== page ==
Can I get my criminal conviction expunged?

The Answer to that question is more positive than you might expect. 

The majority of our clients interest in expungements have one or more misdemeanors on their records, some from long ago.   Public Drunk, Shoplifting, Petite Larceny, Simple Assault, Disorderly Conduct are just a few we have dealt with at our firm.

Mississippi Code Annotated, Section 99-17-1 provides that "any person who has been convicted of a misdemeanor that is not a traffic violation, and who is a first offender, may petition the justice, county, circuit or municipal court in which the conviction was had for an order to expunge any such conviction".

In addition, their are other statutes that deal with expungements in other circumstances, if Section 99-17-1 does not fit your situation.  We can tell you about those.  

How Do I Get A False Arrest Off My Record?

The practical problem of an arrest without a conviction, plea or trial, is frustrating for anyone who has been through the system.

We have seen that happen in Criminal Cases, Divorce Cases, Custody Cases, and probably any other case you can imagine.

Part of the problem lies in the system itself.  Here's an example:

Step 1:  Someone calls 911 and says: My boyfriend/girlfriend hit the wall of our apartment and scared me, so I had to lock myself in my bedroom. 

Step 2:  Officers will be sent to you residence.

Step 3:  You may very well be arrested if they believe the caller.

Step 4:  The case is dismissed by the Court, either because there was actually no reason for the arrest or the caller did not appear.    

This is where the problem comes.   NCIC Reports  (The national data base containing your arrests, etc.) are notoriously difficult to

interpret.  As a Judge, many, many times I could not tell whether a case was dismissed, the Defendant was found guilty, not-guilty 

after trial, etc.   

Perhaps the worst part is that when you are applying for a job, employers see that you were charged with public drunk or simple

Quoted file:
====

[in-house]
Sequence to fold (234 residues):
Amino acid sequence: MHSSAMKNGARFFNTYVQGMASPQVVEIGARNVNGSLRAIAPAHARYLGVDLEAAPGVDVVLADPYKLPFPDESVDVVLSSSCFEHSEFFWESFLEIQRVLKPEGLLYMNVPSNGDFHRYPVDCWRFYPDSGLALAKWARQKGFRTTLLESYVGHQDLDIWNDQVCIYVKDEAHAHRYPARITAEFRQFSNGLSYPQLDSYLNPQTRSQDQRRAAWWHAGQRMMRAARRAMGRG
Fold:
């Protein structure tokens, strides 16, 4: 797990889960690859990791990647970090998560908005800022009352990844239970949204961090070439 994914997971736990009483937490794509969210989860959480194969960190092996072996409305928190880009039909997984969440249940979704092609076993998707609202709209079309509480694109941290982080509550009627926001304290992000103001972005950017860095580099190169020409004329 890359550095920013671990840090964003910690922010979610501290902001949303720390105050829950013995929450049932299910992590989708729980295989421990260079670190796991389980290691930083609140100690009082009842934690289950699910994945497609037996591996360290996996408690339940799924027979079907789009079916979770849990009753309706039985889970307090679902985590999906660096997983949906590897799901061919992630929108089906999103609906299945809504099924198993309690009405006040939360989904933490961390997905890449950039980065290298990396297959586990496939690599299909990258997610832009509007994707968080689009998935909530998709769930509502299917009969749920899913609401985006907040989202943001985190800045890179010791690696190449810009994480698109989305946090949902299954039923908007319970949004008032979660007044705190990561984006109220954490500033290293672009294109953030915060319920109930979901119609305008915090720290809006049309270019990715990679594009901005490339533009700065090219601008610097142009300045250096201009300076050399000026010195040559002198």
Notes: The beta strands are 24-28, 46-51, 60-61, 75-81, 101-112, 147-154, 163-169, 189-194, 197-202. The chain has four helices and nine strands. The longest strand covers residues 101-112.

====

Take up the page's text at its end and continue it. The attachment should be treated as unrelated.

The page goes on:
possession, for example, but don't care whether both or either were dismissed.   The charge itself affects their judgment, which we

believe is fundamentally wrong at our law firm.  

We can solve that problem for you through the expunction process.

Are There Certain Criminal Offenses Which Cannot Be Expunged?


For example, the legislature in the State of Mississippi has exempted sex offenses (other than certain of those-type matters handled by Youth Court for Juveniles) from our laws regarding Expungements.  

The reasoning behind this exception is found in a recent Mississippi Supreme Court Case where a Defendant in 2011 pleaded guilty to the misdemeanor offense of disseminating sexually oriented material to a minor.   Chelsey Ferguson vs Miss. Dept. of Public Safety, 278 So. 3d 1155 (Miss. 2019)

The Court there pointed out that the Miss. Code Annot. Sec. 43-33-55 reads, in part: 

"Except for juvenile criminal history information that has been sealed by order of the court, this chapter exempts sex offenses from the laws of this state or court orders authorizing the destroying, expunging, purging or sealing of criminal history records..  Ferguson at Page 1158.  

The Court also stated that the legislature purposefully kept sex offenses out of the expungement possibilities  "in the interest of protecting vulnerable populations, and, in some instances the public, from potential harm."  Miss. Code Annot. Sec. 45-33-21

The bottom line is that sex offenses cannot be expunged,even if they are misdemeanors.

If My Record Is Expunged, Can The Charge Still Be Used Against Me? 

This is a very good question.   If a charge or conviction is expunged, it is removed from any local, state or federal records.  Even the physical court file at the lower court may be shredded or destroyed. Thus, any job you apply for in the private sector would be unable to see that you were ever charged or convicted. You are entitled to answer "No" if that question comes up on a job application.    (There are very limited exceptions to the rule, such as seeking employment by certain government agencies, etc.  Also, if the charge involved domestic violence, there may be other instances where it can rear its ugly head.  As an example, see my latest entry in "Recent Family Law Cases".